invalidated a year or so back when M$ realized that people were using
    OEM keys and selling license stickers.

    So you aren't allowed to sell the stickers separately, and they may
    not work even if you do.
    William P.N. Smith, Feb 4, 2006
  6. compubyte

    Paul Rubin Guest

    My impression is the EULA doesn't apply if the user hasn't agreed to
    it. See: <http://en.wikipedia.org/wiki/Softman_v._Adobe>.

    My laptop has one of those stickers and I can't imagine any reason why
    I shouldn't be allowed to remove or sell the sticker. I never agreed
    to the license so I don't see how any of its terms can be binding on
    me. The first thing I did when I bought the computer was wiped the
    hard disk and installed a GNU/Linux distro. What's next, "Do not
    remove this tag under penalty of law" (seen on old mattresses) is
    enforceable against the consumer?

    Whether selling the physical sticker legally transfers the XP license
    to the sticker's new owner is of course a more complex question than
    whether the sticker itself can be sold. I don't know the answer to
    that one, and whatever the Microsoft license might say about it is
    merely Microsoft's opinion. On the other hand, the fact pattern isn't
    exactly the same as in _SoftMan_. The correct answer can only be
    decided by a court.
    Paul Rubin, Feb 4, 2006
  7. compubyte

    compubyte Guest

    THANKS FOR ALL of your answers.
    I see I'm stuck back where I was. I suspect BOTH techs are right? and yet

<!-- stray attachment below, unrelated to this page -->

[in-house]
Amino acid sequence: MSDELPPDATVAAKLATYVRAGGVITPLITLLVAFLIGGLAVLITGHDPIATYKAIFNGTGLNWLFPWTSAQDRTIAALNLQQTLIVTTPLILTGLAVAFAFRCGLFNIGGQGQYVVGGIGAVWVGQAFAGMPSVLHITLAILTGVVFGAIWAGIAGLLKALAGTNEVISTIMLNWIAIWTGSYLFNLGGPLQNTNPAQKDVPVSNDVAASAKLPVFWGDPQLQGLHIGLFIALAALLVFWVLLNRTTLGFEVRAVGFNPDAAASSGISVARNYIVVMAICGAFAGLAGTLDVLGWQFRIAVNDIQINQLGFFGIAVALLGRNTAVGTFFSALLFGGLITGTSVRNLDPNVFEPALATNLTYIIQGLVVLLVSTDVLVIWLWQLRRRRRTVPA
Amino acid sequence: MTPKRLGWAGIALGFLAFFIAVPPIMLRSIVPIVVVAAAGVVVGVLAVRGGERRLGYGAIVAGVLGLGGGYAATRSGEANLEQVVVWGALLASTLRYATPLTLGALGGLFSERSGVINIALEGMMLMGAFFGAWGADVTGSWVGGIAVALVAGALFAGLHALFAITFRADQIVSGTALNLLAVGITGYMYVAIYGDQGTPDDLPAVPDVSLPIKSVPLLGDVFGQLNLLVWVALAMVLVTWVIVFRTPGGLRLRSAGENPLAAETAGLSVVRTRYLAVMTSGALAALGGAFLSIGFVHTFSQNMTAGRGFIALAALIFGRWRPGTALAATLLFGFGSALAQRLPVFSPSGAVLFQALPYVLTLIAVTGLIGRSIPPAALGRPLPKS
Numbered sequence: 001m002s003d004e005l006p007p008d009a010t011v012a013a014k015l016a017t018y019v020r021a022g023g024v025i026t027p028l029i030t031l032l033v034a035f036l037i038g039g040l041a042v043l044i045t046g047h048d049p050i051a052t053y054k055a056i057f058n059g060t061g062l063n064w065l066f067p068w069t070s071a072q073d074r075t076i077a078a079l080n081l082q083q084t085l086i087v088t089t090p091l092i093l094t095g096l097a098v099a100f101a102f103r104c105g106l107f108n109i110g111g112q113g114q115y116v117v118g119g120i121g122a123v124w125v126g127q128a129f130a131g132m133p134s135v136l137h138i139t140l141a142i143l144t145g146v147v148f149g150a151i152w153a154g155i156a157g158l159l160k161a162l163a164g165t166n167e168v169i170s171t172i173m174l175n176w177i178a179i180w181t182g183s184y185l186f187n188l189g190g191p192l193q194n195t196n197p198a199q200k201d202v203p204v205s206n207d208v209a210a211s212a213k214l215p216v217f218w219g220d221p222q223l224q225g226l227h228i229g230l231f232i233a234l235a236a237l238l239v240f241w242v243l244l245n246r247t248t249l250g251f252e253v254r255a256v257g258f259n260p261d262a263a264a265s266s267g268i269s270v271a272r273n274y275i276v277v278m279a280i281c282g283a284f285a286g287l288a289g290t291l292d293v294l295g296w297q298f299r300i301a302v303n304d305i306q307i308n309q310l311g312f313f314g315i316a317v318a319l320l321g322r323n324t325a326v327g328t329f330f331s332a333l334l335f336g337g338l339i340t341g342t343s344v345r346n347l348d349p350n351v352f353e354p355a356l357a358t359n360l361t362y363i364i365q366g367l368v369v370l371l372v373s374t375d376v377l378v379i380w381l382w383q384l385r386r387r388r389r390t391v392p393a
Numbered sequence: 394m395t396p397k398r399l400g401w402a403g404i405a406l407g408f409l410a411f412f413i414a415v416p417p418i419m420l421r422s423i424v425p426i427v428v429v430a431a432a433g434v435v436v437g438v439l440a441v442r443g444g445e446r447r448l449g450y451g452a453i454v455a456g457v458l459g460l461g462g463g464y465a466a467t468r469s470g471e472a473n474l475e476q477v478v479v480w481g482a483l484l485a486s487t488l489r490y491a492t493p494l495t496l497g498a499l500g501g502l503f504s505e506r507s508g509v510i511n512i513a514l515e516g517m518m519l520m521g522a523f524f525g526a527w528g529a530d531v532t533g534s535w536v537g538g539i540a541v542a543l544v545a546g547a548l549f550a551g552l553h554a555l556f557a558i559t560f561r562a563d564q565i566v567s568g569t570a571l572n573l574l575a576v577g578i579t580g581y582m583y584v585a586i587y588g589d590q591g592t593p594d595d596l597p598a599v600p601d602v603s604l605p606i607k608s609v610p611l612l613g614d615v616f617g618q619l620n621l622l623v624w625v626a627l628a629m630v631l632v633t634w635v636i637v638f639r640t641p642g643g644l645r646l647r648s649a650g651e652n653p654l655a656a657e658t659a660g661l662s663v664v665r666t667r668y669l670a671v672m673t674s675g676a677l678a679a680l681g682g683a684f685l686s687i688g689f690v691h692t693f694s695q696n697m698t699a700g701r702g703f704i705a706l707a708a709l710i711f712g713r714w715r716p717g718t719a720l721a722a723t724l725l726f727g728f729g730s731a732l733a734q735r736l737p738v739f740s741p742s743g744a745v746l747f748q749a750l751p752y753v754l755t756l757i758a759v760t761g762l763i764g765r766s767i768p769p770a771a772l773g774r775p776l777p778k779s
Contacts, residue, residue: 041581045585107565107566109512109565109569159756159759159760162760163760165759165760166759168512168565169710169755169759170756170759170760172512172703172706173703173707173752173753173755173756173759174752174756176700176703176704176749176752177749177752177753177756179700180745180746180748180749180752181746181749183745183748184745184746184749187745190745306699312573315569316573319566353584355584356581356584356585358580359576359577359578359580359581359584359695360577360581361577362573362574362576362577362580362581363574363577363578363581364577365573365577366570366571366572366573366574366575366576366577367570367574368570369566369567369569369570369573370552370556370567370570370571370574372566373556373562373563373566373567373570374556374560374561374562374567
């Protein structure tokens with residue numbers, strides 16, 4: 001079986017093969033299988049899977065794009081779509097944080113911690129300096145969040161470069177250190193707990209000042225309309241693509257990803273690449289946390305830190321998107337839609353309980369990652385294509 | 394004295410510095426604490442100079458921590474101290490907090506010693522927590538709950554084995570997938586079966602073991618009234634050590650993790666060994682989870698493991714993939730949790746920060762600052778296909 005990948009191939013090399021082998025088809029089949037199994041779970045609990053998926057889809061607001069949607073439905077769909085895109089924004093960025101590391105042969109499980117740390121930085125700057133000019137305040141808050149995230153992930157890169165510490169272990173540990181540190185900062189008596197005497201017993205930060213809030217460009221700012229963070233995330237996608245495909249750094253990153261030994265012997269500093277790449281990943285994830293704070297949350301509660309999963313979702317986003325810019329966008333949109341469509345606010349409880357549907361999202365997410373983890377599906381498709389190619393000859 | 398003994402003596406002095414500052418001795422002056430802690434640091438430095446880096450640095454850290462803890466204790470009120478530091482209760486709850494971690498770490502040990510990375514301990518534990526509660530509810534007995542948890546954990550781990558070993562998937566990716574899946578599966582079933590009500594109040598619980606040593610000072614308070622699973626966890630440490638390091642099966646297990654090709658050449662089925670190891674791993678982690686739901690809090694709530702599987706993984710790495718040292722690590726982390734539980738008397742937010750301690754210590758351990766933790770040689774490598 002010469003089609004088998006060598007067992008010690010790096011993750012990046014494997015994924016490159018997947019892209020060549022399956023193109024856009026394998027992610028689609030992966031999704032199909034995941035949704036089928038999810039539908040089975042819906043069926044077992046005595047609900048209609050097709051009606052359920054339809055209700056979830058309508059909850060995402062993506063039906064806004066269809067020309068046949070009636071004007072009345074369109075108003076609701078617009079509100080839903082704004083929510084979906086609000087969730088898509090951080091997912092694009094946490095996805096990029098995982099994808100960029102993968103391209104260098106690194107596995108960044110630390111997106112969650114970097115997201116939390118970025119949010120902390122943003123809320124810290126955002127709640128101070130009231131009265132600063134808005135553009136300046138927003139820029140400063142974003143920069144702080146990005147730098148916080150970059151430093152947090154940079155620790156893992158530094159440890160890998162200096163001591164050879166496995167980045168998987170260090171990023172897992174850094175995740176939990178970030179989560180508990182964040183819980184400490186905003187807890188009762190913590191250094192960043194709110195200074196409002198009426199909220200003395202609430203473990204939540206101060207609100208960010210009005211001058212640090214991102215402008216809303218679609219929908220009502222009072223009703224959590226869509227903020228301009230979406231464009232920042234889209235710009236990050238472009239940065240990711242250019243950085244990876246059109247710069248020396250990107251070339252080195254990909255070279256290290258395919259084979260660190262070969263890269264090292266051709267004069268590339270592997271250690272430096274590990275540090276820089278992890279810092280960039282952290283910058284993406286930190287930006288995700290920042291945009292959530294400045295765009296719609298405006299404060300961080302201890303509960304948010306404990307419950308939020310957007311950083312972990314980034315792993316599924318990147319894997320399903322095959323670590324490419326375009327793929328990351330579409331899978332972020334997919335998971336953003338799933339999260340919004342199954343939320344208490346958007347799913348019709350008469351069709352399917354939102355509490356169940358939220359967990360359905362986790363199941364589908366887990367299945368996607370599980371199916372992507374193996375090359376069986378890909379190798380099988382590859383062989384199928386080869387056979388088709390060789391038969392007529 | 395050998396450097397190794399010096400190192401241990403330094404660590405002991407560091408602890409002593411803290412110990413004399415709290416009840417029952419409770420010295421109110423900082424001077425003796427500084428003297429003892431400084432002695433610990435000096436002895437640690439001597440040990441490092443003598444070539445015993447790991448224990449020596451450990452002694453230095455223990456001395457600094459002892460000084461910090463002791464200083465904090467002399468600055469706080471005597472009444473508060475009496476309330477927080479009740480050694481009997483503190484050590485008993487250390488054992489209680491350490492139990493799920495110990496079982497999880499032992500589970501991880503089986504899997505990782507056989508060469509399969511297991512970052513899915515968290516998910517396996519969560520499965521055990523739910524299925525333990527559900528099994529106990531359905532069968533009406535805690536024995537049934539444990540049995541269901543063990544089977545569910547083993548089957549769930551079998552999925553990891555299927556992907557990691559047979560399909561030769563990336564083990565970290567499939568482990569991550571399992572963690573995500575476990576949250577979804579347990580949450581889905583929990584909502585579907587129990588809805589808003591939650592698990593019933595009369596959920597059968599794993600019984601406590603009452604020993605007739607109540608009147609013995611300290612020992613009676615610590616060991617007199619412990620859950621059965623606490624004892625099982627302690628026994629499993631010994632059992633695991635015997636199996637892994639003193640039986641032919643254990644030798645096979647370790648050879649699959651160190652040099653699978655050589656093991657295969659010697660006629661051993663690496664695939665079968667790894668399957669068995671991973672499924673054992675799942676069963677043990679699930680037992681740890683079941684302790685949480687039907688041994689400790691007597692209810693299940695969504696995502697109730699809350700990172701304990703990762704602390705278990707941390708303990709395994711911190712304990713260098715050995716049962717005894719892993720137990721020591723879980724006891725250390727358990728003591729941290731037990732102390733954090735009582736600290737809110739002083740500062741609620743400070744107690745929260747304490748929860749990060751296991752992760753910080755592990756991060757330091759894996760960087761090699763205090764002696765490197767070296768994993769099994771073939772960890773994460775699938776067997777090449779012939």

both can be wrong? .

    Well IF it helps.. I realize the license agreement says this and that.. BUT
    I did not insall the software. the license says to UNINSTALL if I do not
    wish to abide by the rules of it..

    Also.. the license are GOOD . I know because over the past 2 or 3 years we
    have used about 7 or so of them with an XP CD to install on some systems we
    needed XP on . the Stickers were already on so. was never an issue to me I

    SO I guess my question is. IF I PUT these things up for Sale on EBAY.. will
    the MS cops come knocking? and will it cost me more in LEGAL LAWYER Crap to
    fight it? or best just to throw them all out? .. which I"m starting to think
    even thou I FEEL I"M RIGHT.. I should just chuck all these licenses.. just
    because if I need to fight it, will cost more than I get for the licenses??
    WHICH BTW what would / should they go for. should I check with a lawyer on
    it and decide to go that way? Any ideas on what they should go for??

    compubyte, Feb 4, 2006
  8. READ YOUR LICENSE - and find out.

    Peter T. Breuer, Feb 4, 2006
  9. Apparently there are vendors selling XP Pro from situations similar to
    yours.... except they sell the license and the CD as an OEM package
    (see this site, for example:
    It looks like they expect to get $138 for that package, so I'd think
    something less than that for just the license. Of course, that still
    leaves the most difficult part of the problem, finding a buyer who's
    willing to trust you that this is a valid license. AND you'd need to
    advertise fairly low profile, else MS takes an interest.

    My son-in law was "given" an XP Pro license by his company....
    probably because of a situation similar to yours..... you might
    consider doing the same for your employees.
    Charlie Hoffpauir
    Charlie Hoffpauir, Feb 5, 2006
  10. compubyte

    Joseph Fenn Guest

    I noted in Office Max yesterday they sell original xp disks.
    They have both the "update" and/or the nonupdate versions, but